The Way Tom Stores of Brattleboro Got Drunk.
From Our Special Correspondent.
Brattleboro, Vt., Saturday, February 10.
Probably not half a dozen people in town ever heard of Tom Stores who, 50 years ago or more, was a character here. Tom was a skilful mechanic and a very attentive workman for weeks in succession, but he was not always of abstemious habits, and when he did use liquor he made a regular business of it, giving up everything else and devoting his whole time to it. All of the village stores in Tom's time were well stocked with toddy sticks and the customers were treated to the grateful beverage gratis, provided their purchases amounted to 10 cents. One who knew Tom tells of his peculiarities when he had been imbibing. He was anxious that the public should understand that he was on deck, so he would invariably procure a bass drum and parade the streets pounding the head till it broke -- then his spree ended. He would, according to reliable citizens drink just as long as the head of his drum held and if this desirable object could not be accomplished in one day he would keep it up the next and so on till he had finished the head. The public peace as well as his own health was involved in the strength of his drum head. Stores dropped out of sight about as mysteriously as he appeared and hardly any one knows just what became of him.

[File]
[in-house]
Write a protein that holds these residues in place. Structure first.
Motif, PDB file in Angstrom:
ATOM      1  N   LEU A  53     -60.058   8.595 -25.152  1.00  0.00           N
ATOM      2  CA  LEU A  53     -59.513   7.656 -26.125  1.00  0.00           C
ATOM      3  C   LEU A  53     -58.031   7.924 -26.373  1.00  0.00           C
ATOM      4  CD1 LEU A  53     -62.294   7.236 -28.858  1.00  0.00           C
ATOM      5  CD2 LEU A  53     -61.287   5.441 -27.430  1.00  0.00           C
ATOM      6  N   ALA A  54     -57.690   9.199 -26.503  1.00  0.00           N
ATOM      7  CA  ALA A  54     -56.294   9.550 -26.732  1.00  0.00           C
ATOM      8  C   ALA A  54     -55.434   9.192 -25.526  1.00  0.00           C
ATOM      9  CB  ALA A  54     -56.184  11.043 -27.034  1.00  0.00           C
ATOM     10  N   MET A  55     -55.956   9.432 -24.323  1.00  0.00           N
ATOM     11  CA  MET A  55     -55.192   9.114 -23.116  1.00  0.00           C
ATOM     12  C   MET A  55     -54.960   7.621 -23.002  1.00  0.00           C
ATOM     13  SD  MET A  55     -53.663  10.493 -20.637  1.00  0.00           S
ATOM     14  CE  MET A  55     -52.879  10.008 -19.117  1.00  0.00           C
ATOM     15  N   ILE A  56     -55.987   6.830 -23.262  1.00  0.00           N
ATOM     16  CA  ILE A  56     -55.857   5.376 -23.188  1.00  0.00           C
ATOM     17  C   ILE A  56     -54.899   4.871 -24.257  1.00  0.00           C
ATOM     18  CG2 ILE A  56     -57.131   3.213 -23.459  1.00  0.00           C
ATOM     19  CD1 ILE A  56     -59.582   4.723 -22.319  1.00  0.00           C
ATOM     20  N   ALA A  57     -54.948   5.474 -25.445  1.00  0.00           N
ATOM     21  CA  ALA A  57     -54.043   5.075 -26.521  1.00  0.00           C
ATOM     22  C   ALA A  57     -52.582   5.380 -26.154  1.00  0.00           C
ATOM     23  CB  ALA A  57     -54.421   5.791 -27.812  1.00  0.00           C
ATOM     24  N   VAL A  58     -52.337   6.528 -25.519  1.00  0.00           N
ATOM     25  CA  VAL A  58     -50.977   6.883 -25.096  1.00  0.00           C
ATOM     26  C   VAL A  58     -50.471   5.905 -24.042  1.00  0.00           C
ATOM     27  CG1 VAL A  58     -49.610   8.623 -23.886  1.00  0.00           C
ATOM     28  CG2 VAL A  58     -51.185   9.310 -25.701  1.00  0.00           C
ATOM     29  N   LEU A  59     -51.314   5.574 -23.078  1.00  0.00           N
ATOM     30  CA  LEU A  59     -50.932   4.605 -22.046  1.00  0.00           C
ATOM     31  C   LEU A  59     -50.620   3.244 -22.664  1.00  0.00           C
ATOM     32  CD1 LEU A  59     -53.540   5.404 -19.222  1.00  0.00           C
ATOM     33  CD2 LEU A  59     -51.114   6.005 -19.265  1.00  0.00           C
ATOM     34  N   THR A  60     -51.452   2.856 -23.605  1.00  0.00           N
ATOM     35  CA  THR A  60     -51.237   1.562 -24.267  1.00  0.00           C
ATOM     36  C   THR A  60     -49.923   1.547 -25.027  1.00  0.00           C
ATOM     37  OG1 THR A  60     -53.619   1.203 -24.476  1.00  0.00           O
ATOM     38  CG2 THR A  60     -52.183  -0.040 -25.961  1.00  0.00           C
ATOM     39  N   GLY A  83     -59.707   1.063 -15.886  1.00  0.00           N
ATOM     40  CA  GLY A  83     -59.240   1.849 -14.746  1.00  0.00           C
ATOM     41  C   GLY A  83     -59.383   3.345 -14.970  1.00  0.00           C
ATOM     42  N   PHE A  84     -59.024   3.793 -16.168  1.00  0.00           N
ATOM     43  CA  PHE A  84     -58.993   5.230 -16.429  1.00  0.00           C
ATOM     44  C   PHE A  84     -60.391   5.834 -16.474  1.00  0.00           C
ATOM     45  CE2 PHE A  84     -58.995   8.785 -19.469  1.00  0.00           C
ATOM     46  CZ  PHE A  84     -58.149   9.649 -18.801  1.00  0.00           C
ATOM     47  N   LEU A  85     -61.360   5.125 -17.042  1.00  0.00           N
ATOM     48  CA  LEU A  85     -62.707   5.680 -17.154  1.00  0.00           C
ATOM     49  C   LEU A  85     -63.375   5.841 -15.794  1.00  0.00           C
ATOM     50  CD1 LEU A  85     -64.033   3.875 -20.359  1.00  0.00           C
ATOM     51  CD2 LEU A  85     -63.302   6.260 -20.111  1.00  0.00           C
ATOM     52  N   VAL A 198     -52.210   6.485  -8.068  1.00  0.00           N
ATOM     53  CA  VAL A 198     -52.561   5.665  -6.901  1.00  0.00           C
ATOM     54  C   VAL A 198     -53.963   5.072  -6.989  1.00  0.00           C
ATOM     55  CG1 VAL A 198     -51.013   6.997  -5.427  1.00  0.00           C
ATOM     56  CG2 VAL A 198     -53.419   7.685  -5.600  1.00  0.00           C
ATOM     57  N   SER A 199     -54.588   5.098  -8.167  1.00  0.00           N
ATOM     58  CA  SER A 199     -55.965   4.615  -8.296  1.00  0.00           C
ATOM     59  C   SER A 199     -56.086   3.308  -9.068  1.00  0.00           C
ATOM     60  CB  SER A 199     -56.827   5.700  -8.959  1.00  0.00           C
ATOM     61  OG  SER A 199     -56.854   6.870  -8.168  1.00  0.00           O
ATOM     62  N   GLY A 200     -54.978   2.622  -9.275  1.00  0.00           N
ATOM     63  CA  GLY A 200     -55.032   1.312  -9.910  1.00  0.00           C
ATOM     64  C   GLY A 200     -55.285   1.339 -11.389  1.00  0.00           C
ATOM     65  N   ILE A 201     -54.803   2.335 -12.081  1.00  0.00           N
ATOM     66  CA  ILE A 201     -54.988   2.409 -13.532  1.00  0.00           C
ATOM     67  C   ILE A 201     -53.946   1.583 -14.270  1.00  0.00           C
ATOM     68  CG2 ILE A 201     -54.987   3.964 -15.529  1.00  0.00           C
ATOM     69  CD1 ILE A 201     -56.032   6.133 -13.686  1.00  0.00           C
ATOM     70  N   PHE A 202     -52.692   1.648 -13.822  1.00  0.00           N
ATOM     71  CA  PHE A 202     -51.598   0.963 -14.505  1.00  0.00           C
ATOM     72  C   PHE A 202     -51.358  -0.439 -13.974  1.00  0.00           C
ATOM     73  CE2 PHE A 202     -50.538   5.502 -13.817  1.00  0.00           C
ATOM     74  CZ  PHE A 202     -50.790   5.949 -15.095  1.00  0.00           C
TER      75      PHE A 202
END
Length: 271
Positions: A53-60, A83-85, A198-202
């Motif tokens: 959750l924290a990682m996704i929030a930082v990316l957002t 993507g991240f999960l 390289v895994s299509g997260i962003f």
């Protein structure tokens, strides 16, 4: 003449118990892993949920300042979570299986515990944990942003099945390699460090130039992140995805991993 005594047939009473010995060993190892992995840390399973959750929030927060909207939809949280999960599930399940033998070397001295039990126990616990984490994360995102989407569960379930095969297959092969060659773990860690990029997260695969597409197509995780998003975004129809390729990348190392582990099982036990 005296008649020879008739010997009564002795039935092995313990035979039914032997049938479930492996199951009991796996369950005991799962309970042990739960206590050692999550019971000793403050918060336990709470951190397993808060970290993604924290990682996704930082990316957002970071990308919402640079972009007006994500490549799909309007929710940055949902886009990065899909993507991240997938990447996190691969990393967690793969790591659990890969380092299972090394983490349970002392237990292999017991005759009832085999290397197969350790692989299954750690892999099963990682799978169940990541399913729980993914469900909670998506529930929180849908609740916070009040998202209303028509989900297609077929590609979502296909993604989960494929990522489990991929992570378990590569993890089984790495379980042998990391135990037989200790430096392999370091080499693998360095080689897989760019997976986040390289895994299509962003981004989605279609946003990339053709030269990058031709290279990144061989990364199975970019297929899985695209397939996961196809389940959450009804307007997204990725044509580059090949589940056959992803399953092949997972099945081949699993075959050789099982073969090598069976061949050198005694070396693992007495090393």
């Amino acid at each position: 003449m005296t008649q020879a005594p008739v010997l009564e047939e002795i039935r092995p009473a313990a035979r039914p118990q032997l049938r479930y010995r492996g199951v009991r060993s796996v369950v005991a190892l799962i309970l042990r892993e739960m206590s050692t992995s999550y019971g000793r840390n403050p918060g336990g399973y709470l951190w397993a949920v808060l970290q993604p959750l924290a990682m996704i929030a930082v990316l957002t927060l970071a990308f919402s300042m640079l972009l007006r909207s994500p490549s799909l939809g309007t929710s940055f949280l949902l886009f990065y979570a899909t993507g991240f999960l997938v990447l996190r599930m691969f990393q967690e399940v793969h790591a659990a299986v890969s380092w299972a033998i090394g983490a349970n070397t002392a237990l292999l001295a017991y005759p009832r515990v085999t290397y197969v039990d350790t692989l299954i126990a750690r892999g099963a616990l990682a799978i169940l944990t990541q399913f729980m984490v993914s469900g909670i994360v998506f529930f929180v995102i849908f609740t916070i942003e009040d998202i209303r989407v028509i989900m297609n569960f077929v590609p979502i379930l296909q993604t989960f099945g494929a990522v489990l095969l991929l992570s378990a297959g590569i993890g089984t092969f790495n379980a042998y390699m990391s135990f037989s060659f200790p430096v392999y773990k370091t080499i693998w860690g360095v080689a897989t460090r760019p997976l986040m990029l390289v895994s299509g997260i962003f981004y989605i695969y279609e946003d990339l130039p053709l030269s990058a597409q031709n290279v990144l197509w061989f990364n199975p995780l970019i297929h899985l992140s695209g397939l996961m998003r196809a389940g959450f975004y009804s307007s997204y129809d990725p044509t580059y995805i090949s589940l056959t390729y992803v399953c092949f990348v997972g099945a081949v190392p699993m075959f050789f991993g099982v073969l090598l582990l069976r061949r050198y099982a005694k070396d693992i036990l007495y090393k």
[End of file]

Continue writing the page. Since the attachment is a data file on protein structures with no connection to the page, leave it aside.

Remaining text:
Springfield Republican, after February 10, 1894.
"An Old Time Vermont Character" by Maj. Frederick W. Childs.
Warnings Out of Town for Brattleboro lists Thomas Stores for May 27, 1816. At this time, a warning was issued for any new arrival in town as a legal formality, in order to protect the town from liability. The writ had to be issued within one year of the stranger's arrival, so Thomas may have settled here any time after May 27, 1815.